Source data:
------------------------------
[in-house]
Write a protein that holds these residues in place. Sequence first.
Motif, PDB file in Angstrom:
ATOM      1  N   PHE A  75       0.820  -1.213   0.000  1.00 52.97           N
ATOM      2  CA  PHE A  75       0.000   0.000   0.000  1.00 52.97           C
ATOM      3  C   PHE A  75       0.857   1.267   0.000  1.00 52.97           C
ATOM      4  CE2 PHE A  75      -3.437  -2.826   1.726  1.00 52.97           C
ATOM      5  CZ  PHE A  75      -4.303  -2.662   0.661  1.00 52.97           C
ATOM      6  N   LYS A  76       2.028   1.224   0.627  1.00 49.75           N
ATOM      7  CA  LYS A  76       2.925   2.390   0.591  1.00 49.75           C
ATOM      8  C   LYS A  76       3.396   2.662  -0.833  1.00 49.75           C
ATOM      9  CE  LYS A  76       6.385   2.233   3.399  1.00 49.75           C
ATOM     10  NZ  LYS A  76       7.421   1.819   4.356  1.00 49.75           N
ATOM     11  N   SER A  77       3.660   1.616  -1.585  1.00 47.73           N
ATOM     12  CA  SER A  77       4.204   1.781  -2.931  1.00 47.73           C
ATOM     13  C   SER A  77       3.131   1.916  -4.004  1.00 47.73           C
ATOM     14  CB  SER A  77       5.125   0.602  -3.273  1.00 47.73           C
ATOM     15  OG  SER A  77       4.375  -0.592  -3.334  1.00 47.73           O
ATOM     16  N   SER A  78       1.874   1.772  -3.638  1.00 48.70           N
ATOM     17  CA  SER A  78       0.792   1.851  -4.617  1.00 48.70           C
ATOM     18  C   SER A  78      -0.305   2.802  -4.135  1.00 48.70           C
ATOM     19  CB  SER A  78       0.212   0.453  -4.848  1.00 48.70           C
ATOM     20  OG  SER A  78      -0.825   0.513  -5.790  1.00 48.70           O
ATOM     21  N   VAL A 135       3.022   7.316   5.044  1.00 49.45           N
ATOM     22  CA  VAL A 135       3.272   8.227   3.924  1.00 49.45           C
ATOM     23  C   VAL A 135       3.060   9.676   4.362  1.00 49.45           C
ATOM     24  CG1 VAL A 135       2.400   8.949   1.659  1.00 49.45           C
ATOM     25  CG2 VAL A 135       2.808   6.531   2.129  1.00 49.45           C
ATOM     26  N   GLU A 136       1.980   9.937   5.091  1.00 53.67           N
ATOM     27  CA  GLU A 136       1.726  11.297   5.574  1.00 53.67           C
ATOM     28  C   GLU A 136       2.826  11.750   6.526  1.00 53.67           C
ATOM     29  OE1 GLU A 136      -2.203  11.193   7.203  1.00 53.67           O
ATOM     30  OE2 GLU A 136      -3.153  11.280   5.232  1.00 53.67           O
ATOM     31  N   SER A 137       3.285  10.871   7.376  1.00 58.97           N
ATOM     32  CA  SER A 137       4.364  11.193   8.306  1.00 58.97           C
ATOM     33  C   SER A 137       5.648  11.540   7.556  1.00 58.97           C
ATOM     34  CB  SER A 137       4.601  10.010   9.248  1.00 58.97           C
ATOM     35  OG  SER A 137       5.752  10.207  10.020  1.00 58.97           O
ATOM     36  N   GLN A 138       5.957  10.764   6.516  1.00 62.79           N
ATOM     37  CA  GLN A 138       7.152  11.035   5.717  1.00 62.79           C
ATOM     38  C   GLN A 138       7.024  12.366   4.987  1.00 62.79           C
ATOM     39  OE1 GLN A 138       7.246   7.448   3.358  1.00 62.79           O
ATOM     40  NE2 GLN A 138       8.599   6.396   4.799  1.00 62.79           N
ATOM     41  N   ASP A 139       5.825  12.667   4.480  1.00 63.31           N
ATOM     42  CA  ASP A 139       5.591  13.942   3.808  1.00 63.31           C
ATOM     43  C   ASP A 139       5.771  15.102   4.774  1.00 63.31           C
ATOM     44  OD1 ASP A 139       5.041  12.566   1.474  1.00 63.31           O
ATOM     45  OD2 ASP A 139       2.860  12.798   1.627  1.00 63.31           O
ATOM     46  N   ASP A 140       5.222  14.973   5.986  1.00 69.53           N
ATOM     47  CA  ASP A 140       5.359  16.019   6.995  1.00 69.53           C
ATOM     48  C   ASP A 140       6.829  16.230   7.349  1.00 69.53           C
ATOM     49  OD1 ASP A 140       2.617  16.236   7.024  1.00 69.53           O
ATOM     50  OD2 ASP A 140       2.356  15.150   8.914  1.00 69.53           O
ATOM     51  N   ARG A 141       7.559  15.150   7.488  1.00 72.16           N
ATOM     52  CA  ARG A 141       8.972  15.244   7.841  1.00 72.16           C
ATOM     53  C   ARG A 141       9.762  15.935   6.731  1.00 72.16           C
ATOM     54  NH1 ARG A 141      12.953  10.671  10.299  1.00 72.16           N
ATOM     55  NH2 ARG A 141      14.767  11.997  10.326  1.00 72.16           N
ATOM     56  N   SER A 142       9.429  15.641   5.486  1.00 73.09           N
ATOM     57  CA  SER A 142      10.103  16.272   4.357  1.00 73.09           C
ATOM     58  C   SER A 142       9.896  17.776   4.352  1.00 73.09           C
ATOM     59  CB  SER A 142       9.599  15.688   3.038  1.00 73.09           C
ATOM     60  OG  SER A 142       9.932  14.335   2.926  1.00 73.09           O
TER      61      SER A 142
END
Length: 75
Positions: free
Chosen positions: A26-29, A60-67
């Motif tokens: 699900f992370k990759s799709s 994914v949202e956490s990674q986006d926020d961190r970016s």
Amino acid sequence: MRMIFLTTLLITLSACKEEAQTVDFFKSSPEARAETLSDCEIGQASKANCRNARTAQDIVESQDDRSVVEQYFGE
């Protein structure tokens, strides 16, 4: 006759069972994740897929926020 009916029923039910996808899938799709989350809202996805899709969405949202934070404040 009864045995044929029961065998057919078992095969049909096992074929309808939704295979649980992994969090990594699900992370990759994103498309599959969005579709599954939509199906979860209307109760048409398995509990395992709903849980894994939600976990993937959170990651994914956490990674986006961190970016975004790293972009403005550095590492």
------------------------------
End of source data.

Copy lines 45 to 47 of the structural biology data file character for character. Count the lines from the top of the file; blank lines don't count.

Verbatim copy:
ATOM     42  CA  ASP A 139       5.591  13.942   3.808  1.00 63.31           C
ATOM     43  C   ASP A 139       5.771  15.102   4.774  1.00 63.31           C
ATOM     44  OD1 ASP A 139       5.041  12.566   1.474  1.00 63.31           O